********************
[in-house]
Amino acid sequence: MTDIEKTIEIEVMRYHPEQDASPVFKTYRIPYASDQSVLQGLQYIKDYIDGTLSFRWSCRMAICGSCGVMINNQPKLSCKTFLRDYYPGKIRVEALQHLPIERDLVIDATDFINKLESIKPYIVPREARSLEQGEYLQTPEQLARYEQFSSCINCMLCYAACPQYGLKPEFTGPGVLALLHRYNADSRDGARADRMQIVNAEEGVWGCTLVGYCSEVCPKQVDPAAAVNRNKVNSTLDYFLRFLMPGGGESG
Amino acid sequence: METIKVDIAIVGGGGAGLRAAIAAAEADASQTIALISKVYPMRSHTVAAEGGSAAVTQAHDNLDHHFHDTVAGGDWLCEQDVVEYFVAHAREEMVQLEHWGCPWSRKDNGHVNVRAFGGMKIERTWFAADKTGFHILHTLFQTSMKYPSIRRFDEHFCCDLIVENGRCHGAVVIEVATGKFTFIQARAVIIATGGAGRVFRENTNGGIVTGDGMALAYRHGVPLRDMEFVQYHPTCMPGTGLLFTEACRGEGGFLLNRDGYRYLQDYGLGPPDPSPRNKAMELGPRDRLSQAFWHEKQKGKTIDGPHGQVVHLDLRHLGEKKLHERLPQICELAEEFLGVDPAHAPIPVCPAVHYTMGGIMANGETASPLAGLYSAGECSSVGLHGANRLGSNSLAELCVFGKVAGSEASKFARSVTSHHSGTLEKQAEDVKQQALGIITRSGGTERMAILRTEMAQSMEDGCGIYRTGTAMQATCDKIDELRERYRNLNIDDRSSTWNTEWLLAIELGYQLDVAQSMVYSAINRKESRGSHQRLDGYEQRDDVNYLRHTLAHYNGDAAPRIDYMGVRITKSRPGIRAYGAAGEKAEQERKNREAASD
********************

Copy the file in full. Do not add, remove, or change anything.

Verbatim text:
[in-house]
Amino acid sequence: MTDIEKTIEIEVMRYHPEQDASPVFKTYRIPYASDQSVLQGLQYIKDYIDGTLSFRWSCRMAICGSCGVMINNQPKLSCKTFLRDYYPGKIRVEALQHLPIERDLVIDATDFINKLESIKPYIVPREARSLEQGEYLQTPEQLARYEQFSSCINCMLCYAACPQYGLKPEFTGPGVLALLHRYNADSRDGARADRMQIVNAEEGVWGCTLVGYCSEVCPKQVDPAAAVNRNKVNSTLDYFLRFLMPGGGESG
Amino acid sequence: METIKVDIAIVGGGGAGLRAAIAAAEADASQTIALISKVYPMRSHTVAAEGGSAAVTQAHDNLDHHFHDTVAGGDWLCEQDVVEYFVAHAREEMVQLEHWGCPWSRKDNGHVNVRAFGGMKIERTWFAADKTGFHILHTLFQTSMKYPSIRRFDEHFCCDLIVENGRCHGAVVIEVATGKFTFIQARAVIIATGGAGRVFRENTNGGIVTGDGMALAYRHGVPLRDMEFVQYHPTCMPGTGLLFTEACRGEGGFLLNRDGYRYLQDYGLGPPDPSPRNKAMELGPRDRLSQAFWHEKQKGKTIDGPHGQVVHLDLRHLGEKKLHERLPQICELAEEFLGVDPAHAPIPVCPAVHYTMGGIMANGETASPLAGLYSAGECSSVGLHGANRLGSNSLAELCVFGKVAGSEASKFARSVTSHHSGTLEKQAEDVKQQALGIITRSGGTERMAILRTEMAQSMEDGCGIYRTGTAMQATCDKIDELRERYRNLNIDDRSSTWNTEWLLAIELGYQLDVAQSMVYSAINRKESRGSHQRLDGYEQRDDVNYLRHTLAHYNGDAAPRIDYMGVRITKSRPGIRAYGAAGEKAEQERKNREAASD